Install weatherstripping. Use weatherstripping to seal air leaks around movable components such as doors and window jambs. This can aid in keeping cold air out of your rooms. In fact, installing sufficient weatherstripping can reduce your heating and cooling fees by as much as 30 percent while reducing drafts that can cause discomfort. It’s simply wasteful if the heat or cold pumping from your equipment leaks outdoors. If you do have weatherstripping in place and it looks dislodged or worn out, consider replacing it in order to realize the full benefit of your investment.

Add caulk to doors and windows. Another possible route for conditioned air to escape is through cracks in your doors and windows. The area around these features should’ve been treated with caulk at some point in the past. However, caulk material can warp and crack over time due to constant exposure to the elements, producing holes where indoor air can escape. If the caulk is still in top shape, it’s possible to add a chunk of caulk wherever there are gaps. If the caulk appears to be in shabby condition, it’s better to strip it off completely and replace it with new caulk instead.

Keep your home airtight so it won’t require frequent visits from a residential and commercial AC technician.

Use thermal insulated curtains. While blackout curtains normally feature tightly woven, dense or layered fabric to block out unwanted sunlight, thermal curtains feature a layer of acrylic foam between layers of fabric to boost insulation. These curtains are perfect for the winter months or drafty windows. Plus, they’re relatively inexpensive and can last for many years to come, making them a cost-effective way to make rooms feel snug and cozy without breaking the bank.

Perform annual tune-ups and maintenance. Unfortunately, many homeowners still fail to realize the unique needs of their HVAC systems and choose to skip annual cleaning, tune-ups, repair or maintenance. This initial mistake can bring all sorts of unpleasant surprises in the future. You need to understand that your HVAC system will lose a percentage of its energy efficiency and experience a decrease in performance every passing year. Over time, your equipment will cost more to run and deliver less impressive results compared to when it was brand-new.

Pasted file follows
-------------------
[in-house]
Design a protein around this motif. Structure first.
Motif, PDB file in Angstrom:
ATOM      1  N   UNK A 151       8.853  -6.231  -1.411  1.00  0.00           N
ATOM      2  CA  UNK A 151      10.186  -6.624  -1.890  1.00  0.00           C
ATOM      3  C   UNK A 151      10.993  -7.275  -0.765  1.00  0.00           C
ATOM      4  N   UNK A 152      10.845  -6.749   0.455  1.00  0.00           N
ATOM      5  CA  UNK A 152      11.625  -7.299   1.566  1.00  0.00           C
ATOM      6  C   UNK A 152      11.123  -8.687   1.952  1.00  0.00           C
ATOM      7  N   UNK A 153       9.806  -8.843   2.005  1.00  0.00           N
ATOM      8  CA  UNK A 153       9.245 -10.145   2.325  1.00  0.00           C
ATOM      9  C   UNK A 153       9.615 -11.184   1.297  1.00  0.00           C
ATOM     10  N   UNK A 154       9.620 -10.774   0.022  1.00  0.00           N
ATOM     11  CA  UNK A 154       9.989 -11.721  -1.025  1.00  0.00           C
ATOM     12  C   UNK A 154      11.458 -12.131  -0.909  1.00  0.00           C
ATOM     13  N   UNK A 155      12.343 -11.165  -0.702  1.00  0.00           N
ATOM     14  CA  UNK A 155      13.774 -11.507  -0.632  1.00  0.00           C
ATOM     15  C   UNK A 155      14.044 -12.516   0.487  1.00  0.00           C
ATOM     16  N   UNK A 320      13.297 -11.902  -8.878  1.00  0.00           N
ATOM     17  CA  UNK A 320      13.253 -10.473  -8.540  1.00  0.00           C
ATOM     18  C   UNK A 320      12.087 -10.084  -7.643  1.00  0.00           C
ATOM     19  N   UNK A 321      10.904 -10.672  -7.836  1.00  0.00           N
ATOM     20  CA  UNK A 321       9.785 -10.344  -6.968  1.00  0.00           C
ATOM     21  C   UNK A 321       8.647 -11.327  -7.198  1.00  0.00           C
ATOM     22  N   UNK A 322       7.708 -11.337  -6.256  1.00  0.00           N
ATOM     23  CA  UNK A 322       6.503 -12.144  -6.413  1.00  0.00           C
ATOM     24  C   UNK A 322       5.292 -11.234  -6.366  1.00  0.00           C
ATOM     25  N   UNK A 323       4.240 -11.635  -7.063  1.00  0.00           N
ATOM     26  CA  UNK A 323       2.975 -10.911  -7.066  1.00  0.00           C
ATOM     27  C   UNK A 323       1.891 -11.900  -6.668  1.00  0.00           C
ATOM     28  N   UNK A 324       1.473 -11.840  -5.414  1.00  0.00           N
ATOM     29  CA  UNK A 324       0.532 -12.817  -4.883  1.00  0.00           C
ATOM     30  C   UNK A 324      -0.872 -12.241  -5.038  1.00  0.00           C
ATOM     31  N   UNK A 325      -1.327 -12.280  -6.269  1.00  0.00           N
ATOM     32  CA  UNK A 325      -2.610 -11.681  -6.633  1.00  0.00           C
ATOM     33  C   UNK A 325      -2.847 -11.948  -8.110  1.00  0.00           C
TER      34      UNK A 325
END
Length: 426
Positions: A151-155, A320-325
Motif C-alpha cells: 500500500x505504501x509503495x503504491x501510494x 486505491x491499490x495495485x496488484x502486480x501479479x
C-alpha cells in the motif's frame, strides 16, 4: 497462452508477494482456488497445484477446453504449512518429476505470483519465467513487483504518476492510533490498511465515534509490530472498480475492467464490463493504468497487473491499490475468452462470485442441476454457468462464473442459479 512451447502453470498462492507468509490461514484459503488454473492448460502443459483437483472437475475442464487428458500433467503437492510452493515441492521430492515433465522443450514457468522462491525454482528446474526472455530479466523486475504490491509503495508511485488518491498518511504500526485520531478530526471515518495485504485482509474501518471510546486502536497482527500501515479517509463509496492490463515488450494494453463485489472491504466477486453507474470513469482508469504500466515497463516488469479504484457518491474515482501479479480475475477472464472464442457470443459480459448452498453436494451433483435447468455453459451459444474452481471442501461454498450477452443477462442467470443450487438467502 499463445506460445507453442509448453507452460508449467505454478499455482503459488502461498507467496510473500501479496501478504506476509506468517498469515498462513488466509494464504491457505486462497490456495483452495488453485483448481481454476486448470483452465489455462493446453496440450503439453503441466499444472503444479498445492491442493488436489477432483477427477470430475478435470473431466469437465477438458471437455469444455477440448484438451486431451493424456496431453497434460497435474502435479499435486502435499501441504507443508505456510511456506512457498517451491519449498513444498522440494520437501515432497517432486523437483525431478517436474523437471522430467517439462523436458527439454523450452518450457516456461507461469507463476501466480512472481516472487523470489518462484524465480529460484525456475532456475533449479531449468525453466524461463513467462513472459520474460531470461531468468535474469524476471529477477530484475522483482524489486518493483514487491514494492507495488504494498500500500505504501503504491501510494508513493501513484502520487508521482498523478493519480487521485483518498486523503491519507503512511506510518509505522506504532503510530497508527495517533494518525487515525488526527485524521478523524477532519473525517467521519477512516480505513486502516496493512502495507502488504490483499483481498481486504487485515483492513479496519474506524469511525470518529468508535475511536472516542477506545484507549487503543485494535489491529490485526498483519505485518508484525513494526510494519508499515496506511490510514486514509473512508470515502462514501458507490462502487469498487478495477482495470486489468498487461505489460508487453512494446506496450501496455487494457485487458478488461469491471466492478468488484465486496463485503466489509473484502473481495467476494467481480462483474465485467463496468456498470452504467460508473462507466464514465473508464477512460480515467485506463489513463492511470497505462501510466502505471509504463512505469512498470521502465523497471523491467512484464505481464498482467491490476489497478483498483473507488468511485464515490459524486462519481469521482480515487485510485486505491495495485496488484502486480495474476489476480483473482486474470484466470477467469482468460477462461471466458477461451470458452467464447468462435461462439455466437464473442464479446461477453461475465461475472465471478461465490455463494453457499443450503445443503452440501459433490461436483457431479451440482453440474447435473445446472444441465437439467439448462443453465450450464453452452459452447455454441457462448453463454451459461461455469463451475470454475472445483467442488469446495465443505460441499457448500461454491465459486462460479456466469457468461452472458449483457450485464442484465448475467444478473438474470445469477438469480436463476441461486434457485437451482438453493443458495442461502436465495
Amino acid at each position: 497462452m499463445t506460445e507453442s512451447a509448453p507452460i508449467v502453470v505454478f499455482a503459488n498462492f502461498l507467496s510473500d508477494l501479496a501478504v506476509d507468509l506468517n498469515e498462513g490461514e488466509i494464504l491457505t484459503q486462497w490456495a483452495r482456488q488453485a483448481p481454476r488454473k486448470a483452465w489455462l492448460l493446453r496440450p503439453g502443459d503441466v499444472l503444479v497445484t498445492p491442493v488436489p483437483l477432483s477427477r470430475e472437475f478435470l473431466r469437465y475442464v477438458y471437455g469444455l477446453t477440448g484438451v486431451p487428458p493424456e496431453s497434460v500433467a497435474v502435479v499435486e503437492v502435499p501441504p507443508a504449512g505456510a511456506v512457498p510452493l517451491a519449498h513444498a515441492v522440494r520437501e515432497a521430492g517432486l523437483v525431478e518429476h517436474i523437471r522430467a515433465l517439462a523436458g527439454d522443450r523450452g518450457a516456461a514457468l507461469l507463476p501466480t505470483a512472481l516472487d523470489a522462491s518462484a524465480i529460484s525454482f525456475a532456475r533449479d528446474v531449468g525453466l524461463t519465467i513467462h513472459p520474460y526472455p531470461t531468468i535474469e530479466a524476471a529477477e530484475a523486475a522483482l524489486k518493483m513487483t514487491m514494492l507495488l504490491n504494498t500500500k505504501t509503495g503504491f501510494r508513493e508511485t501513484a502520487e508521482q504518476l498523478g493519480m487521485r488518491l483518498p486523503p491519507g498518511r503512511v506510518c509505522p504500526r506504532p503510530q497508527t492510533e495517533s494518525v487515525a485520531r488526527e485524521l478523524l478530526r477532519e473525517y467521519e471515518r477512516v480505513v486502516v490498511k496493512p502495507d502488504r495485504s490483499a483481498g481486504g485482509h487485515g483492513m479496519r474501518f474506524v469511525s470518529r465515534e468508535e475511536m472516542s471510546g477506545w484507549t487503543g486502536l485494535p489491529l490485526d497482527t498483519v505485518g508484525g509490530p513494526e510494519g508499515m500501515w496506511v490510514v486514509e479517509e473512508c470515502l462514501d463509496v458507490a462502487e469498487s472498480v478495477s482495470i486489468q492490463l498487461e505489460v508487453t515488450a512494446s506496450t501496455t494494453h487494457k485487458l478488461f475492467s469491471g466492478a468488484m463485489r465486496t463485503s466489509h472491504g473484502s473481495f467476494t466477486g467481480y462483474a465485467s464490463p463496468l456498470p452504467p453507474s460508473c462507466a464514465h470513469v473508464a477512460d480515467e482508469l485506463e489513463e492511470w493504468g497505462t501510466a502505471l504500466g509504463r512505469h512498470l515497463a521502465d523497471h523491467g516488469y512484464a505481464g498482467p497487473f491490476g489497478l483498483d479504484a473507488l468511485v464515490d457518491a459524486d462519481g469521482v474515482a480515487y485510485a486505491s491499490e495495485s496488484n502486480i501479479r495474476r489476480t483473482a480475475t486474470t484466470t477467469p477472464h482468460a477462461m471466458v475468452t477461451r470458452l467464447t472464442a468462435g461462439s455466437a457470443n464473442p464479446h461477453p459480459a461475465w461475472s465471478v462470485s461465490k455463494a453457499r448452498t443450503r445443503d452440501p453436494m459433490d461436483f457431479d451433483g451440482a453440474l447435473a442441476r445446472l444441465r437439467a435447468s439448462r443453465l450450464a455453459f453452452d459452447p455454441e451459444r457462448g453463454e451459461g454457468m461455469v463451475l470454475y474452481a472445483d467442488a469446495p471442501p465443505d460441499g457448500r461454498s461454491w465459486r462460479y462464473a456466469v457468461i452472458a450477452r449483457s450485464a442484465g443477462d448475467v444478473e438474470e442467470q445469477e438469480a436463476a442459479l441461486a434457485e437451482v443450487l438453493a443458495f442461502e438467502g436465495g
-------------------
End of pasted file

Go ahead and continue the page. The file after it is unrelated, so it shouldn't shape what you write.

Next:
A well-maintained system, on the other hand, is more likely to continue running at a highly efficient rate because numerous issues can be detected while they’re still small and haven’t yet caused much damage. An HVAC repair specialist will visit your home and perform repairs and other services in order to prevent current issues from developing into severe problems that are more costly to fix.

Heating Your Home Evenly Is the Best Approach

It makes more sense to evenly distribute heat throughout your home than to shut off vents in infrequently-used rooms. This may seem counterintuitive, but even if your attic, basement or guest room isn’t in regular use, it’s a good idea to supply heat to these areas together with the rest of the house to maintain a well-balanced, comfortable living environment.

Contact Above Air Inc. for Reliable Air Conditioner Repair & Installation

Above Air Inc. is a premier source of air conditioning and indoor air purification solutions in and around Deerfield Beach, FL. From HVAC repair to equipment installation, our top-rated technicians are committed to providing the comfort and efficiency every residential or commercial client needs through industry-leading products and outstanding customer service. Call us today at (201) 257-5702 or fill out our contact form to set up an appointment. We look forward to working with you!